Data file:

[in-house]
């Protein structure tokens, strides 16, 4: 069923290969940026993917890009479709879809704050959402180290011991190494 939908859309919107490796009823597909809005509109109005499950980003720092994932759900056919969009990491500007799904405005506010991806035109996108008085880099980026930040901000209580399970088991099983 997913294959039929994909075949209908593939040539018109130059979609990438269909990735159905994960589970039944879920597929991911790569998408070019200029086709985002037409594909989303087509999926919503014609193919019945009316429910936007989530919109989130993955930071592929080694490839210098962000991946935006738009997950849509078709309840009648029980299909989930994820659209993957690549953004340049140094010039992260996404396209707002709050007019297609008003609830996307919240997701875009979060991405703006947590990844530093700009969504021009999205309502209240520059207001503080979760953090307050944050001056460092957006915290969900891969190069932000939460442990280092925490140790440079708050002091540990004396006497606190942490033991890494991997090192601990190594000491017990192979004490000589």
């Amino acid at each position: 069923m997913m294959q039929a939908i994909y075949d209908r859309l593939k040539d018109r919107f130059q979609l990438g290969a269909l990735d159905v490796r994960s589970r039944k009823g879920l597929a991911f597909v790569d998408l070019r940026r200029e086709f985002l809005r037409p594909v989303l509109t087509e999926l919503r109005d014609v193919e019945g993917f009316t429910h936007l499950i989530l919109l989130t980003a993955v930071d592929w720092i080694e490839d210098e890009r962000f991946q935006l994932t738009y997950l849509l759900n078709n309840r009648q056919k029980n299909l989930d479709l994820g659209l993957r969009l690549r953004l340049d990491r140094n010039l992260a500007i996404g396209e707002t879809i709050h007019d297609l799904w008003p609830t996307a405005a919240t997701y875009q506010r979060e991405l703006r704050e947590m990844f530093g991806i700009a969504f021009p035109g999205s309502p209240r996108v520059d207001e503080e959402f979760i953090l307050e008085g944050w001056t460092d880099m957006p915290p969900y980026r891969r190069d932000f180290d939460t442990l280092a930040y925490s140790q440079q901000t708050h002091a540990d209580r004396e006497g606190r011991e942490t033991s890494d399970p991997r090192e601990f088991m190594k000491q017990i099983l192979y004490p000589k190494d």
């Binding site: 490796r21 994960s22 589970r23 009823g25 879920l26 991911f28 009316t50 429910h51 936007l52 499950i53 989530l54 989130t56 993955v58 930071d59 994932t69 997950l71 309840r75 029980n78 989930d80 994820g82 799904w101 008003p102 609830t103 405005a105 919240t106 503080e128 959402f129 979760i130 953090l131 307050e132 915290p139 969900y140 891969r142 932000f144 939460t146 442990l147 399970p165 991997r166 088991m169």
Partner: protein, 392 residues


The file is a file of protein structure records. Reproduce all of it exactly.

[in-house]
């Protein structure tokens, strides 16, 4: 069923290969940026993917890009479709879809704050959402180290011991190494 939908859309919107490796009823597909809005509109109005499950980003720092994932759900056919969009990491500007799904405005506010991806035109996108008085880099980026930040901000209580399970088991099983 997913294959039929994909075949209908593939040539018109130059979609990438269909990735159905994960589970039944879920597929991911790569998408070019200029086709985002037409594909989303087509999926919503014609193919019945009316429910936007989530919109989130993955930071592929080694490839210098962000991946935006738009997950849509078709309840009648029980299909989930994820659209993957690549953004340049140094010039992260996404396209707002709050007019297609008003609830996307919240997701875009979060991405703006947590990844530093700009969504021009999205309502209240520059207001503080979760953090307050944050001056460092957006915290969900891969190069932000939460442990280092925490140790440079708050002091540990004396006497606190942490033991890494991997090192601990190594000491017990192979004490000589």
């Amino acid at each position: 069923m997913m294959q039929a939908i994909y075949d209908r859309l593939k040539d018109r919107f130059q979609l990438g290969a269909l990735d159905v490796r994960s589970r039944k009823g879920l597929a991911f597909v790569d998408l070019r940026r200029e086709f985002l809005r037409p594909v989303l509109t087509e999926l919503r109005d014609v193919e019945g993917f009316t429910h936007l499950i989530l919109l989130t980003a993955v930071d592929w720092i080694e490839d210098e890009r962000f991946q935006l994932t738009y997950l849509l759900n078709n309840r009648q056919k029980n299909l989930d479709l994820g659209l993957r969009l690549r953004l340049d990491r140094n010039l992260a500007i996404g396209e707002t879809i709050h007019d297609l799904w008003p609830t996307a405005a919240t997701y875009q506010r979060e991405l703006r704050e947590m990844f530093g991806i700009a969504f021009p035109g999205s309502p209240r996108v520059d207001e503080e959402f979760i953090l307050e008085g944050w001056t460092d880099m957006p915290p969900y980026r891969r190069d932000f180290d939460t442990l280092a930040y925490s140790q440079q901000t708050h002091a540990d209580r004396e006497g606190r011991e942490t033991s890494d399970p991997r090192e601990f088991m190594k000491q017990i099983l192979y004490p000589k190494d």
């Binding site: 490796r21 994960s22 589970r23 009823g25 879920l26 991911f28 009316t50 429910h51 936007l52 499950i53 989530l54 989130t56 993955v58 930071d59 994932t69 997950l71 309840r75 029980n78 989930d80 994820g82 799904w101 008003p102 609830t103 405005a105 919240t106 503080e128 959402f129 979760i130 953090l131 307050e132 915290p139 969900y140 891969r142 932000f144 939460t146 442990l147 399970p165 991997r166 088991m169």
Partner: protein, 392 residues